HPIM5968(I wish I could move with only two duffel bags.)

My mother’s philosophy aside, growing up as an expat contributed to my minimalist lifestyle. When you grow up prepared to move every few years you learn to cut out the extra weight (or your parents force you to get rid of your excessive stuffed animal collection because 15 is a little old to be so attached to teddy bears).

Mama’s Second Philosophy: Focus on decorating one room at a time and buy quality furniture that will last you a long time.

She’s right. I don’t have any witty words about it. Wait, I do. This sage advice has a powerful nemesis, Ikea.

My Philosophy: Don’t waste your money buying boxes and bubble wrap.

Do not, I repeat, DO NOT buy boxes or bubble wrap from a FedEx, UPS, Staples or Home Depot stores. If you’re packing up your own belongings then ask the proprietors at your local grocery or liquor for their leftover boxes. Typically, they are more than happy to hand them over.

If that doesn’t work out for you then cook a nice dinner for your friends that work in an office. After a bottle of wine, politely request they pilfer the the recycling piles at work for boxes and newspapers. If you’re staying in the area and just moving apartments/houses try asking all your buddies to loan you duffle bags or suitcases.

HPIM8430Moving incurs significant expenses so it’s important to try and pinch some pennies where you can, especially if you’re a millennial without a relocation benefits package.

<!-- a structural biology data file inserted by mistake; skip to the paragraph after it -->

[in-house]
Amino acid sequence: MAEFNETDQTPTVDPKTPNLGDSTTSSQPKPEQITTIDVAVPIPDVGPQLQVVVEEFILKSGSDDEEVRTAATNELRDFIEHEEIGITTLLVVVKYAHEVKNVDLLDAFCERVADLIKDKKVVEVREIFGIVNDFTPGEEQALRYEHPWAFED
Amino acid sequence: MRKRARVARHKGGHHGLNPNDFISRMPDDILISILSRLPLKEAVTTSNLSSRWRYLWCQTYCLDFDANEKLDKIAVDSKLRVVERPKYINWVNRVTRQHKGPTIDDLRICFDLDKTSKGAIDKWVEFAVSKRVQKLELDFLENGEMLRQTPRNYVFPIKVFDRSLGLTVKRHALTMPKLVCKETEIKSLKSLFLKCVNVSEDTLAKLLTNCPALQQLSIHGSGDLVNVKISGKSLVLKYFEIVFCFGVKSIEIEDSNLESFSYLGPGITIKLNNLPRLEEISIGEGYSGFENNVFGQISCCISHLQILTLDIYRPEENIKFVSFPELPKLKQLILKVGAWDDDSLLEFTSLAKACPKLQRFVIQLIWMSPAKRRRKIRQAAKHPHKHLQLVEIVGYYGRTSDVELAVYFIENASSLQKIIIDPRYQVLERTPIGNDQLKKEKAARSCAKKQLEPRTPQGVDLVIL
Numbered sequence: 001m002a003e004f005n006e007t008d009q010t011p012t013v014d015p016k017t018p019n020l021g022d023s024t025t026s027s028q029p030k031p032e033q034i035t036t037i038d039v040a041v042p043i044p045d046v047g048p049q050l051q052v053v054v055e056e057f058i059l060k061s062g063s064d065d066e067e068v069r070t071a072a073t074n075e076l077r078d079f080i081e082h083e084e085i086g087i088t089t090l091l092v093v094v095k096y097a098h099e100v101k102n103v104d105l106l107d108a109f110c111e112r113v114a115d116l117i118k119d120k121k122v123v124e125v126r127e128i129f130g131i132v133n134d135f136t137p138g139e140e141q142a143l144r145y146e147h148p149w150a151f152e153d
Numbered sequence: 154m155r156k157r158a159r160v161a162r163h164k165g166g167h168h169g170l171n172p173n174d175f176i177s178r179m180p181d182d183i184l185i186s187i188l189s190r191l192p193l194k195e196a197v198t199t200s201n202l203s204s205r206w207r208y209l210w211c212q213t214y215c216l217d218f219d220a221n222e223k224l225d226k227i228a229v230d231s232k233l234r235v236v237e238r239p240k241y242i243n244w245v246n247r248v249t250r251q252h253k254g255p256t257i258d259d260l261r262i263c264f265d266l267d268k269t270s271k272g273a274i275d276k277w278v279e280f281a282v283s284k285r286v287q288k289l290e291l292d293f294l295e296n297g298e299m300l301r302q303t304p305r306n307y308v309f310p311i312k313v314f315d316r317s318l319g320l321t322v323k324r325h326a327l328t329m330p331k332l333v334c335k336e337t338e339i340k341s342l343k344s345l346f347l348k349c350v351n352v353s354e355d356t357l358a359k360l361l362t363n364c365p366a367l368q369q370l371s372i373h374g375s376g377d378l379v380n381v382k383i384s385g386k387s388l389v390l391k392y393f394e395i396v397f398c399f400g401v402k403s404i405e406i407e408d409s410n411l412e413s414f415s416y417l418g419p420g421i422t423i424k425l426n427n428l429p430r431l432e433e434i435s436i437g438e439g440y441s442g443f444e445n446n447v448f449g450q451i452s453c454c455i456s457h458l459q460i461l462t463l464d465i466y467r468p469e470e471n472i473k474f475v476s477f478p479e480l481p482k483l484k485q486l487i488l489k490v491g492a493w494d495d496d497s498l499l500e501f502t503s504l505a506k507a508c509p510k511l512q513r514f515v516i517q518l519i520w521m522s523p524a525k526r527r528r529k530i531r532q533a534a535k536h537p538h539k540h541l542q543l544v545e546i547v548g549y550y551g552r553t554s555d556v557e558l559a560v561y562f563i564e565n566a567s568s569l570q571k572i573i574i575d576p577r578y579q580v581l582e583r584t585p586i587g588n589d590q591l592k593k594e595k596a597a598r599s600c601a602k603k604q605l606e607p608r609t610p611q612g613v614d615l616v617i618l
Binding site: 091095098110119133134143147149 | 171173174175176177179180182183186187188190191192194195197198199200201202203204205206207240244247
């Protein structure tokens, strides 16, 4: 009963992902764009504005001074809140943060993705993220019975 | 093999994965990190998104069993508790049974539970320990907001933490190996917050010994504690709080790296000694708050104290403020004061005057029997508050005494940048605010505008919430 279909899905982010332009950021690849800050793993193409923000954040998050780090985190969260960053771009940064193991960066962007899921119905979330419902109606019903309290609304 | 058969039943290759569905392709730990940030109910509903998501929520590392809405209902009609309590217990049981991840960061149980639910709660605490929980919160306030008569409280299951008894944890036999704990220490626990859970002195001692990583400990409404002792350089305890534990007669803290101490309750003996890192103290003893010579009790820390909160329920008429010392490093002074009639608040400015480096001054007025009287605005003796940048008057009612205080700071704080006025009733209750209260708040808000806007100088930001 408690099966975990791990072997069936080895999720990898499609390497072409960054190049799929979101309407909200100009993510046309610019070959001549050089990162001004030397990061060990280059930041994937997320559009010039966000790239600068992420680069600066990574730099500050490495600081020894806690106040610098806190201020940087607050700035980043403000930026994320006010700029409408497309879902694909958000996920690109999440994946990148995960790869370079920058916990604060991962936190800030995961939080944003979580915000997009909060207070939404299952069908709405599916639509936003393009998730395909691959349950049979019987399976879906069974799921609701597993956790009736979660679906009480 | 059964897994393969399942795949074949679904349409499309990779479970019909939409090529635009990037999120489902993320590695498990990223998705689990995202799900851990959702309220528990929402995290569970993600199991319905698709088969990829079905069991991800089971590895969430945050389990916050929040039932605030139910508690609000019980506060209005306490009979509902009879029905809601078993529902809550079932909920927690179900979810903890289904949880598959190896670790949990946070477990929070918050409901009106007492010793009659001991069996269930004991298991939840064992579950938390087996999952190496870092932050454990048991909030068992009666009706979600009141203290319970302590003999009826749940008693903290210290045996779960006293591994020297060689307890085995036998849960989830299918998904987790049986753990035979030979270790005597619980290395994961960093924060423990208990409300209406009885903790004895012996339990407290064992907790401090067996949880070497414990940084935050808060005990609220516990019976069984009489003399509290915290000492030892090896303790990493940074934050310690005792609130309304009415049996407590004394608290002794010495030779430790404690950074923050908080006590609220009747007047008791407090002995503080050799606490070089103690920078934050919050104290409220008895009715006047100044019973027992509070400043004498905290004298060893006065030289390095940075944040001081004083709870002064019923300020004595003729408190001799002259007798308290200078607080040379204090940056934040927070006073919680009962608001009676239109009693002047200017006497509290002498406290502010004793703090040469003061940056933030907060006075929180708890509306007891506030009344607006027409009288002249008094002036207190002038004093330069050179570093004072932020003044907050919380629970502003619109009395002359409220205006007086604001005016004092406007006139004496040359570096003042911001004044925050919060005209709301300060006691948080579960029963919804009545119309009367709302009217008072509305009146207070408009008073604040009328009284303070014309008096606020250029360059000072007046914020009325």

For daily bits of wit and financial advice follow the journey on Twitter @BrokeMillennial. Go the main page and subscribe if you’d like to receive once-a-week email updates about new posts!

Bonnie: Why I Hate Cats And Love Saving Money

After my lesson in start up costs, I decided the next business venture shouldn’t require seed money from my father. Unfortunately, there are limited options for a seven year old striking out into the business world. After a few failed attempts at friendship bracelets and paint-by-numbers sales I had a break through in the pet sitting business.

Our next-door neighbors had a cat named Bonnie. Bonnie embodied evil. She would lurk behind the couch near the door. When I stepped over the threshold she’d propel herself towards me hissing and swiping the air with her claws. For five dollars a day I braved the possibility of death by satanic cat and diligently cleaned her kitty litter and put out fresh food and water each morning and evening.